These are some examples of how the immune system work. The immune system is not a single substance nor a single organ. It is an integration of several body systems that work together to protect the body from certain diseases.

The Immune System as Treatment for Cancer

There still no single medicine that can cure cancer. So far, an effective way to suppress the spread of cancer cells is through the immune system. The immune system serves as the police inside the body. It detects unwanted substances that may infect any area of the body.

However, cancer cells are not detected by the immune system as they appear to be like normal cells by of sending signals to the PD-1 CTLA-4 receptors. These signals confuse the immune system. This is why even a healthy body with strong immune system cannot prevent cancer.

Nonetheless, there is a way to make cancer cells detected by the immune system. The use of immunotherapy drugs such as inhibitors can disrupt the signals that are sent by cancer cells. This will let the cancer cells exposed to the immune system. Cytokines and cancer vaccines are examples of these inhibitors.

Monoclonal Antibodies

Monoclonal antibodies are man-made immune system proteins. These proteins attach to cancer cells thereby flagging the cancer cells to be recognized by the immune system. On the other hand, monoclonal antibodies work to block the abnormal proteins in cancer cells, so they can also be used to prevent cancer cells from spreading.

These are examples of man-made antibodies:

  • Pembrolizumab (Keytruda)
  • Nivolumab (Opdivo)
  • Ipilimumab (Yervoy)

Non-Specific Immunotherapies

Non-specific immunotherapies are used to boost the immune system to directly stop and kill cancer cells. Examples of these are interferons and interleukin’s.

Conclusion

The use of the immune system is still the most recommended method in the treatment of cancer. It only needs the help of inhibitors to let it work properly on the target. The problem with the immune system is that it is not intelligent enough to keep cancer cells from being hidden. This is why there is still a need for human intervention with the help of man-made antibodies.

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Tips on Dealing With Depression

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Image is from Huffington Post

Depression can be described as feelings of dejection and despondency. Depressions drain your hope, energy, and drive which makes it more difficult for you to do what you need to feel better. It interferes with the way you would enjoy life or interact with other people. If depression affects you, then you are not only just upset or sad. You have a condition that involves hopelessness and helplessness and an intense feeling of persistent sadness. You will also have physical problems including physical pains and aches, loss of energy, and sleeplessness. Depression is an illness that you need support to help fight. While overcoming it isn’t easy or quick, it’s far from impossible. The secret is to start small and rise from there. You can use the following tips;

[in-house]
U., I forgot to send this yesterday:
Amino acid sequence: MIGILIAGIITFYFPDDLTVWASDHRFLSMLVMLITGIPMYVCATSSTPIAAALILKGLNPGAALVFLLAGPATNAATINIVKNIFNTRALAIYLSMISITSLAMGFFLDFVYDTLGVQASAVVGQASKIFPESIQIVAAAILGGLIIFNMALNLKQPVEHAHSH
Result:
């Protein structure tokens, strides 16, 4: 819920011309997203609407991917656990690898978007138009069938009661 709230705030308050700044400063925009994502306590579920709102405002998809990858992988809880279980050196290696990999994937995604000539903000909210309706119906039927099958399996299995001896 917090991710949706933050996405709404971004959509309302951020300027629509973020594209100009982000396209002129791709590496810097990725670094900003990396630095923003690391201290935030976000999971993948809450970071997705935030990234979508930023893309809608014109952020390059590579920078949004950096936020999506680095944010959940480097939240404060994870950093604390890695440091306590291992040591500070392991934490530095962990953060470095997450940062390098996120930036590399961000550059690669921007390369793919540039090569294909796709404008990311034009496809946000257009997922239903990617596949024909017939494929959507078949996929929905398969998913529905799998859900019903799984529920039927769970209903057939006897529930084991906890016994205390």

Diagnosing and Treating Depression

  • Look for signs of depression

There are numerous common symptoms associated with depression. Seek help from your doctor if you identify with any of the following;

  • Experiencing insomnia
  • Inability to function well in everyday life
  • Persistent sadness that may include crying uncontrollably
  • Feelings of lack of self-esteem, worthlessness or self-blame
  • Feeling a sense that life is pointless, hopeless and futile
  • Suicidal thoughts
  • Inability to enjoy activities you once loved
  • Finding concentrating difficult

 

  • Consult your doctor to help you ascertain medical causes behind your depression.

Some depression may be caused by treatment of other medical conditions or their side effects. Medical conditions can mimic depression in some cases. Your doctor can identify any physical causes for depression that may require specific treatment.

  • Research on depression to understand it

Learning what you can do about depression will help you overcome it. A wider understanding of depression will help you alleviate some of your worries and fears. It will also furnish you with tools to try for yourself.

  • Try talk therapy

Schedule an appointment with a mental health therapist for psychotherapy as this can be helpful in solving your depression. You are more likely to be successful in therapy if you feel comfortable with your therapist.

  • Consider taking prescribed medicine

Ask your doctor about the medication you are taking including side effects and duration. If you are experiencing side effects, be sure to report back to your doctor.

  • Try alternative remedies or therapies

You can explore the potential of alternative therapies that can help restore your emotional balance like music, pet therapy, art therapy, and acupuncture.

Making lifestyle changes